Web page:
It’s said that the biggest fear one has it that of public peaking. For me, my biggest fear is not having cellular service, and not being able to connect while on the go.

So, how does one connect while in Morocco

Some quick tips to staying connected while on the go:
Telephone Public telephones can be found in city centres, but private telephone offices (also known as teleboutiques or telekiosques) are also commonly used. The international dialling prefix (to dial out of the country) is 00, but international rates are comparatively expensive. If you have a lot of phone calls to make, it may be worth ducking into the Spanish enclaves of Ceuta or Melilla. The telephone numbering scheme was changed in March 2009.

All fixed telephone numbers have a 5 inserted after the 0, and all mobile telephone numbers have a 6 inserted after the 0. All numbers are now ten-digit long, counting the initial 0. Useful Numbers Police: 19; Fire Service: 15; Highway Emergency Service: 177; Information: 160; International Information: 120; Telegrams and telephone: 140; Intercity: 100. The GSM mobile telephone network in Morocco can be accessed via one of two major operators: Mel or Maroc Telecom . Prepaid cards are available. More infos on available services, coverage and roaming partners are available at: GSMWorld . It is very easy and cheap to buy a local GSM prepaid card in one of the numberous phone shops showing a Maroc Telecom sign. The SIM card (carte Jawal) costs only MAD30 (€3) with MAD10 (€1) airtime.

The rate is national: MAD3-4, to Europe ca. MAD10, SMS MAD3. The card is valid 6 month after the last recharge. Post The Moroccan postal service is generally reliable and offers a post restante service in major cities for a small fee. You will need some identification (preferably your passport) to collect your mail. Items shipped as freight are inspected at the post office before they are sent, so wait until this has been done before you seal the box. Don’t leave postcards with the small post office at Marrakech Airport as they’ll never be delivered, despite taking your money for postage stamps.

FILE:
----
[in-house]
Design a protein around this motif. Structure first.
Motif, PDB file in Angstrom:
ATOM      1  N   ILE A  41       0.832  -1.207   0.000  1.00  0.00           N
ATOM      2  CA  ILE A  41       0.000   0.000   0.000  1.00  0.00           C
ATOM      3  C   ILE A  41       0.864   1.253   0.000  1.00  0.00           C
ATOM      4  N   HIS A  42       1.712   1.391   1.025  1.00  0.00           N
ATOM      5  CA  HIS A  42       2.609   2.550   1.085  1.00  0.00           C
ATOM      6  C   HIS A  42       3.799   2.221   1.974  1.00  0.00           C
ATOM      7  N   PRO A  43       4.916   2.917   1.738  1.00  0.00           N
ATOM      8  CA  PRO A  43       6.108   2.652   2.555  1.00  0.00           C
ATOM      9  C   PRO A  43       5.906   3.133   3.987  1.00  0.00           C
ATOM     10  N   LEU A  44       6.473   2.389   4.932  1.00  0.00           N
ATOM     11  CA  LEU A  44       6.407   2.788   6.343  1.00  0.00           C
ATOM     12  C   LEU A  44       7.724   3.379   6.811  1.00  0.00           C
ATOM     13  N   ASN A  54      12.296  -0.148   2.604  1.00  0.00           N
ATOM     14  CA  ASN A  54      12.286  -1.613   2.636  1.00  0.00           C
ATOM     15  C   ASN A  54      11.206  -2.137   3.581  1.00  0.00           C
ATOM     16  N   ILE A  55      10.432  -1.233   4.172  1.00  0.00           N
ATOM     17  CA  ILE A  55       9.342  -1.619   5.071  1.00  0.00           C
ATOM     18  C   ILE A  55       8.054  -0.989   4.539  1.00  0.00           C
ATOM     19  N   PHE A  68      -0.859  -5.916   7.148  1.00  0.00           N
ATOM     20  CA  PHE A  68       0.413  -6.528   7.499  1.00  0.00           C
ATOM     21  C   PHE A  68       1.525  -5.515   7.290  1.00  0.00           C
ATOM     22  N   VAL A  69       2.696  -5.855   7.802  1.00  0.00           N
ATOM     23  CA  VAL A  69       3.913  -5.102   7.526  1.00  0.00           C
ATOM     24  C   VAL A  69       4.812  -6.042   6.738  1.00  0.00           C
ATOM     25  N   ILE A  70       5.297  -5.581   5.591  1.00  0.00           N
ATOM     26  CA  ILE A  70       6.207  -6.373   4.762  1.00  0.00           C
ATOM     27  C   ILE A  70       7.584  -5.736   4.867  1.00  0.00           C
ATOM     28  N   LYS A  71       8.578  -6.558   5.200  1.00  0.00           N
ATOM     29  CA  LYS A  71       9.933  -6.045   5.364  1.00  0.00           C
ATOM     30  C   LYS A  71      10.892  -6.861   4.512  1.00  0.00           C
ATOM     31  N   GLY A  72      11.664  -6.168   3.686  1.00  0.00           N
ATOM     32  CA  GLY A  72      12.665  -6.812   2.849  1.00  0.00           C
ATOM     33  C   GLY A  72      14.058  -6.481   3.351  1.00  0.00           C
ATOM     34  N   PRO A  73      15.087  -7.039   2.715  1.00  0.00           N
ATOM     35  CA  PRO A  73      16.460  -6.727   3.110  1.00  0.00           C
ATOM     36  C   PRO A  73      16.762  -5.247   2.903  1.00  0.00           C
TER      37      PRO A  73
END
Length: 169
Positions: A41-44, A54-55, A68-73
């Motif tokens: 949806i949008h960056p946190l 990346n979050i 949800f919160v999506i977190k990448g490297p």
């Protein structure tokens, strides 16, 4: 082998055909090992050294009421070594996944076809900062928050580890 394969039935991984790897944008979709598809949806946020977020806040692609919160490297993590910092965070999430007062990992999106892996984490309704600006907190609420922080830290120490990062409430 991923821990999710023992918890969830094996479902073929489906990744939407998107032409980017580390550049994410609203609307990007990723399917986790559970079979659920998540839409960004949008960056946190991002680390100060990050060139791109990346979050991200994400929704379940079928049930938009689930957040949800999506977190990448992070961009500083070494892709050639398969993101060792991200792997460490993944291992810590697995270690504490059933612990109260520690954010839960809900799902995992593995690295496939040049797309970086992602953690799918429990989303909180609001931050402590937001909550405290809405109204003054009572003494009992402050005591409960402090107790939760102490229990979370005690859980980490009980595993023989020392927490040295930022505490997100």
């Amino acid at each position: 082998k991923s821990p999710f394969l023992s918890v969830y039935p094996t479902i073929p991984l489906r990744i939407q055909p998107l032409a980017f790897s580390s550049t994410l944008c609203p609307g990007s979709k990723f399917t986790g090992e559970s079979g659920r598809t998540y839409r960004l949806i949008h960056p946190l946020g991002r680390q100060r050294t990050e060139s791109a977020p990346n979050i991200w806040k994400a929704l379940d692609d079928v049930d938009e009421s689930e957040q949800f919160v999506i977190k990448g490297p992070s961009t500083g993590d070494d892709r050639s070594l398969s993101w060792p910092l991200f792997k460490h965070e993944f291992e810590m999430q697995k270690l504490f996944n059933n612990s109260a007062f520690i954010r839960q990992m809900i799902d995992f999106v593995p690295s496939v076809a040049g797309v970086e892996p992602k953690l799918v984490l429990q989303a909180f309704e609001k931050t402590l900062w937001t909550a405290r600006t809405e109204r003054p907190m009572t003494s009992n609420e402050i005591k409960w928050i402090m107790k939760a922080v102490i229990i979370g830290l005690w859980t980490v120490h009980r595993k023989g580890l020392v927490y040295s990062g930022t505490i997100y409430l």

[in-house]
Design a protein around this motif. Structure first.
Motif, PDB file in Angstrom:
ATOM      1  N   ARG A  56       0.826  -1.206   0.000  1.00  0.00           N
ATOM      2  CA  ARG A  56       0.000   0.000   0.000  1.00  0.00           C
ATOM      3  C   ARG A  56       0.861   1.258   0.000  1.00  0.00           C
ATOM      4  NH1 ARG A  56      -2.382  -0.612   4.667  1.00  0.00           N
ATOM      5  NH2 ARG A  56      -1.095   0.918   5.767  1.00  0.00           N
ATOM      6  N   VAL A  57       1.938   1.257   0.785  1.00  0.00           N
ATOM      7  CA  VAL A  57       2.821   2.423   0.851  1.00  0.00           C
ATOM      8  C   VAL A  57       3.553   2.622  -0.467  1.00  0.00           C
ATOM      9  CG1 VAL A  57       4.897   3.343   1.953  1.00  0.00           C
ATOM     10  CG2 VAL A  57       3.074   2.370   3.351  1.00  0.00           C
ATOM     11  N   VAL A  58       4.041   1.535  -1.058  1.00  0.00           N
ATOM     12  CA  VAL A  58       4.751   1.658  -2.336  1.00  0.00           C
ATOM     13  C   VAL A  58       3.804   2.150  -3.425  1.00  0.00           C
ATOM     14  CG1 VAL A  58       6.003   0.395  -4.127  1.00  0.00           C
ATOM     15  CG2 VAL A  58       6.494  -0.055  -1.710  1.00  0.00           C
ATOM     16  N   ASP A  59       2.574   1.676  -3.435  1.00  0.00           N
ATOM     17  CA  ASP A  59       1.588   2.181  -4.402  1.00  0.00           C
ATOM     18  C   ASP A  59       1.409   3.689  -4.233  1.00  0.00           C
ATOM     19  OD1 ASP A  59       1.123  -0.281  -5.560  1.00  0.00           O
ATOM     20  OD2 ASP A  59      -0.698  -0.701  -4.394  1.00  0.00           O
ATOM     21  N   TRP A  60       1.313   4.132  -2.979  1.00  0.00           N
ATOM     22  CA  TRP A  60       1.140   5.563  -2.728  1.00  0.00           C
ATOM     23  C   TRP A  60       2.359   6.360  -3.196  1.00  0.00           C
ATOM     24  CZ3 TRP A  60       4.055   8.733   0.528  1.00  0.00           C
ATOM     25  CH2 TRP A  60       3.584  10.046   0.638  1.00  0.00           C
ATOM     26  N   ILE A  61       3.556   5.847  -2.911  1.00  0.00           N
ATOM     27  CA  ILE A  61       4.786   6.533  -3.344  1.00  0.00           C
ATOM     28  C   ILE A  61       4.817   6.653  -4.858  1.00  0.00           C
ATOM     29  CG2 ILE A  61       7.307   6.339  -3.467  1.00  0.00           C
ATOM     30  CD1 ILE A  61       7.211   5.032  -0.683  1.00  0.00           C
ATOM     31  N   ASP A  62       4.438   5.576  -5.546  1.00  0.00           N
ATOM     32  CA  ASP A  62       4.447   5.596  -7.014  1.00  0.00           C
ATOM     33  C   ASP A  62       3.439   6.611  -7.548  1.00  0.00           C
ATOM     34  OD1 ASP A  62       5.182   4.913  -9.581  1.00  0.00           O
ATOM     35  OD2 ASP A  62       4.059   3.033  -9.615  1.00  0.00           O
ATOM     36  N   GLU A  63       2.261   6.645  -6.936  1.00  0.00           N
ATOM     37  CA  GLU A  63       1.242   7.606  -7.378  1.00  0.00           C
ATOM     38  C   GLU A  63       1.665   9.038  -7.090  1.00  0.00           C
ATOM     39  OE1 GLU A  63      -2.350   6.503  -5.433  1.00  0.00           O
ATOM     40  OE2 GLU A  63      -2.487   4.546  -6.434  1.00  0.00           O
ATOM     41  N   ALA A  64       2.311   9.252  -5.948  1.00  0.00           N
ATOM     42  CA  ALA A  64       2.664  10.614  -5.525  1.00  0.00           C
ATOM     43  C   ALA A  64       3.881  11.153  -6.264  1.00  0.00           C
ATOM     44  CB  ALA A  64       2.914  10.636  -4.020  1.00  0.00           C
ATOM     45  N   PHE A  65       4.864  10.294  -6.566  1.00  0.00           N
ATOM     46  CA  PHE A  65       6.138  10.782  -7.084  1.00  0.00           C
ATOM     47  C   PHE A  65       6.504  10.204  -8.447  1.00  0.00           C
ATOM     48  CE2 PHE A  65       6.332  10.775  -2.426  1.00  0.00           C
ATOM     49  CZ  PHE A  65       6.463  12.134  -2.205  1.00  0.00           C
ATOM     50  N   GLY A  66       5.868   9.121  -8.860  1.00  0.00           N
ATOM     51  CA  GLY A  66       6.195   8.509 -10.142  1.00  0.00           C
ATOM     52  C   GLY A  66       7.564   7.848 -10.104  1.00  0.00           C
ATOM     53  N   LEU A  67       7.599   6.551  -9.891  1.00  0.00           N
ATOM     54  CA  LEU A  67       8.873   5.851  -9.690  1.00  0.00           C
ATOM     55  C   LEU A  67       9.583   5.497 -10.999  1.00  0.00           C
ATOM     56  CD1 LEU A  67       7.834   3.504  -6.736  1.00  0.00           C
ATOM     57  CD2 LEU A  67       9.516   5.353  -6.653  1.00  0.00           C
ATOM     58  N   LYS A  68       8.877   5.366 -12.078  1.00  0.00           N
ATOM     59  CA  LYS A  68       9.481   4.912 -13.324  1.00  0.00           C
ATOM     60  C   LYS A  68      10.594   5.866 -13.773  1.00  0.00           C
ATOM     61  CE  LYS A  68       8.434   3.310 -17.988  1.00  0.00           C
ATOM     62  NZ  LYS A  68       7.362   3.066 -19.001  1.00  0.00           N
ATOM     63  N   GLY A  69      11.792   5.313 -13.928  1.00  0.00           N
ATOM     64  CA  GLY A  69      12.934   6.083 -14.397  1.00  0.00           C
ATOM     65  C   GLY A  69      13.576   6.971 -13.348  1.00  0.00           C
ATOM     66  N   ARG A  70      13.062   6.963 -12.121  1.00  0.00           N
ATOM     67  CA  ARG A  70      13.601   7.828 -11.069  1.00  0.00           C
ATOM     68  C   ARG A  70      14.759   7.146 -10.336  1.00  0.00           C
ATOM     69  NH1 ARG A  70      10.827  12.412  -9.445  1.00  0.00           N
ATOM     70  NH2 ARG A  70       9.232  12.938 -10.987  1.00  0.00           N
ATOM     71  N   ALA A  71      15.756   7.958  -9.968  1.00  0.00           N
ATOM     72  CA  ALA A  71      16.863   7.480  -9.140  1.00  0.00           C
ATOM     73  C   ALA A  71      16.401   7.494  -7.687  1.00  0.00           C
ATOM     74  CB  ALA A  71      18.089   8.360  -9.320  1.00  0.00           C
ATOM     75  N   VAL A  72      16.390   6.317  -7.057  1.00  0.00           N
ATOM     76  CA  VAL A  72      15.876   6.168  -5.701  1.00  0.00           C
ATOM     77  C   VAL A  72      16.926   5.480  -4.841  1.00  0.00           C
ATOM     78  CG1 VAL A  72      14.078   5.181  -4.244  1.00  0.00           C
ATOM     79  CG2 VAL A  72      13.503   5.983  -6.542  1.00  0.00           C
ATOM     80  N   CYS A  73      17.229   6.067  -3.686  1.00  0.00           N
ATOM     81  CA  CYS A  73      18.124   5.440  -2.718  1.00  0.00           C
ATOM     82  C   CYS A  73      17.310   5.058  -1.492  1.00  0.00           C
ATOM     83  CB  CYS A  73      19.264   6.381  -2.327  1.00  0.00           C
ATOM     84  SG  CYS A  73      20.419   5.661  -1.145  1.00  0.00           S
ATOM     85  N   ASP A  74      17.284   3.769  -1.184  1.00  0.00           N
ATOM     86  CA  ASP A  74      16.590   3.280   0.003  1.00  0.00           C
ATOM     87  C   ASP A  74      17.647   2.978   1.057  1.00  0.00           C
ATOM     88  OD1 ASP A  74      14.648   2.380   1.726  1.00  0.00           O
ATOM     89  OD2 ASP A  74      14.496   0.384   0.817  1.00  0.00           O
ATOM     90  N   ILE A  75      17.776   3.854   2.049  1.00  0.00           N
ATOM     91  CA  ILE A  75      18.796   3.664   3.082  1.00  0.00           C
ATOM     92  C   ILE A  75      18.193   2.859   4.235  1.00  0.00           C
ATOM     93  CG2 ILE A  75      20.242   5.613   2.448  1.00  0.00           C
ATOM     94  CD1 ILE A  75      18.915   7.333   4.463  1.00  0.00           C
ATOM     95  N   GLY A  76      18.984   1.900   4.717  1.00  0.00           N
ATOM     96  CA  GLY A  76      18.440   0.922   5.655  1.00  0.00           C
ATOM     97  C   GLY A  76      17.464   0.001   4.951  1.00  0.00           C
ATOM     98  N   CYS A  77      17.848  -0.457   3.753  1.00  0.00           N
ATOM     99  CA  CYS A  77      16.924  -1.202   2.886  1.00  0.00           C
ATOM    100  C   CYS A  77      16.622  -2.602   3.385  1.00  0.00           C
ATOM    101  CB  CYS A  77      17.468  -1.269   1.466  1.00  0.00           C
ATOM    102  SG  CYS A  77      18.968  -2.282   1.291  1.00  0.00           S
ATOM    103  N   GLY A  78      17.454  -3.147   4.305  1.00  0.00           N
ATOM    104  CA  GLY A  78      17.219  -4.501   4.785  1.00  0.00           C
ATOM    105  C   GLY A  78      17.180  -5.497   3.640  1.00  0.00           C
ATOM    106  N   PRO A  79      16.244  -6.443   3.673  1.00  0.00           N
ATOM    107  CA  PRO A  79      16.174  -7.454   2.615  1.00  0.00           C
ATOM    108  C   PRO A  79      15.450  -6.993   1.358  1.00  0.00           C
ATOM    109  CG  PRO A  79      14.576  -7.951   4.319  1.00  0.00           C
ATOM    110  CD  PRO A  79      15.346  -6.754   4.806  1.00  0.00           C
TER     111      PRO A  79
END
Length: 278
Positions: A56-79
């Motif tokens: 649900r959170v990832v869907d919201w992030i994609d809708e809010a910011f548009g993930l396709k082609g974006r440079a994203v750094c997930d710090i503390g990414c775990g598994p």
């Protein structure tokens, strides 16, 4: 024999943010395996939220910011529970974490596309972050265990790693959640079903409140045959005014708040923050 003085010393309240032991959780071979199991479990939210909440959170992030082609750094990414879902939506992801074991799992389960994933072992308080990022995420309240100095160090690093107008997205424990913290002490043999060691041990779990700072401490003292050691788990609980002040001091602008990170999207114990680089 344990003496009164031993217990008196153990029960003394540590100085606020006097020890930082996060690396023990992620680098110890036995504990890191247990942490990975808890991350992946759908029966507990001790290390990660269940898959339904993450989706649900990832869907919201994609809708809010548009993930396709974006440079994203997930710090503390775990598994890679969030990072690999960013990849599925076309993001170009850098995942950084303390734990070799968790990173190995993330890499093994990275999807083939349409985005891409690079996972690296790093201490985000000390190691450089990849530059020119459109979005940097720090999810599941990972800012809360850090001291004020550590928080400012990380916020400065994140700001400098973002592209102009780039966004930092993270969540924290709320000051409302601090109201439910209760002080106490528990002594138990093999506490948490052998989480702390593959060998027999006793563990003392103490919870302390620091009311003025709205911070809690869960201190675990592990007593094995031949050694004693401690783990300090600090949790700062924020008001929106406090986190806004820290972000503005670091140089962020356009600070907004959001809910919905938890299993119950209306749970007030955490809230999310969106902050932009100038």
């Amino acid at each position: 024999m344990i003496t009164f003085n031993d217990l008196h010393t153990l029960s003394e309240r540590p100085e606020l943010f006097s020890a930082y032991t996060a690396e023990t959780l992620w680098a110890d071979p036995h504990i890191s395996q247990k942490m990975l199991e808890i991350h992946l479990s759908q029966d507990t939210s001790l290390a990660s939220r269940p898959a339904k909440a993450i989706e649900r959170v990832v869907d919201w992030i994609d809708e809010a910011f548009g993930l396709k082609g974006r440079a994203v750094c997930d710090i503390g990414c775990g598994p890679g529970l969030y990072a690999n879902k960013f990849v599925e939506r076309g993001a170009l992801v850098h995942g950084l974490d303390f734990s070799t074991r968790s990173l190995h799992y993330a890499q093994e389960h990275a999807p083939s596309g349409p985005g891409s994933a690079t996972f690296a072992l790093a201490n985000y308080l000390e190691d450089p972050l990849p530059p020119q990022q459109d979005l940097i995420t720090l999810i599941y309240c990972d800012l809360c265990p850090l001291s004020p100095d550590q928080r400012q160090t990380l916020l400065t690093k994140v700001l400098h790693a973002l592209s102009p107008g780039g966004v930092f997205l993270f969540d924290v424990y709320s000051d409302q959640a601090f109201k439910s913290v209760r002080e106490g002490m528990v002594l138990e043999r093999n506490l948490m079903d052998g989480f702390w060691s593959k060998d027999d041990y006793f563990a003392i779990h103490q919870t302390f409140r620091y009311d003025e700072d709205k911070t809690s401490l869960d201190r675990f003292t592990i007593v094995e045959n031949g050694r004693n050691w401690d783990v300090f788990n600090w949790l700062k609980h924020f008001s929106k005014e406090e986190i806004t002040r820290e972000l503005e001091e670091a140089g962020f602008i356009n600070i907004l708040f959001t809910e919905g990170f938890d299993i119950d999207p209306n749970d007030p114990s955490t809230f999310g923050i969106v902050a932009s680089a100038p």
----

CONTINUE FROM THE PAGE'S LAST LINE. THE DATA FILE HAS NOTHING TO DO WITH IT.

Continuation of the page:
Postboxes on streets seemed to be a more reliable means to send postcards. Email & internet Moroccans have really taken to the internet. Internet cafes are open late and are numerous in cities and smaller towns that see significant tourist traffic. Rates are about 4 – 10 dirhams per hour and they are often located next to, above, or below the telekiosque offices. Speeds are acceptable to excellent in the north, but can be a little on the slow side in rural areas. Most internet cafes will allow you to print and burn CDs for a small charge. Moroccans have also really taken to 3G coverage.

There is excellent access to email and the internet via Mobile Phones and it is relatively cheap. As a result, there are fewer Internet cafes in tourist areas. There is 3G access throughout the mountains and in the desert, as well as in all cities. To obtain 3G pay-as-you-go SIM cards from the phone network’s stores, you will need to show your passport. These stores cost the same as the unauthorised vendors but often provide better service for tourists, telling you your phone number, showing you how to top up and giving you tariff information, etc. These extra services make the long queues worthwhile!

Other tips on staying connected while in Morocco? Please add your comments and tips.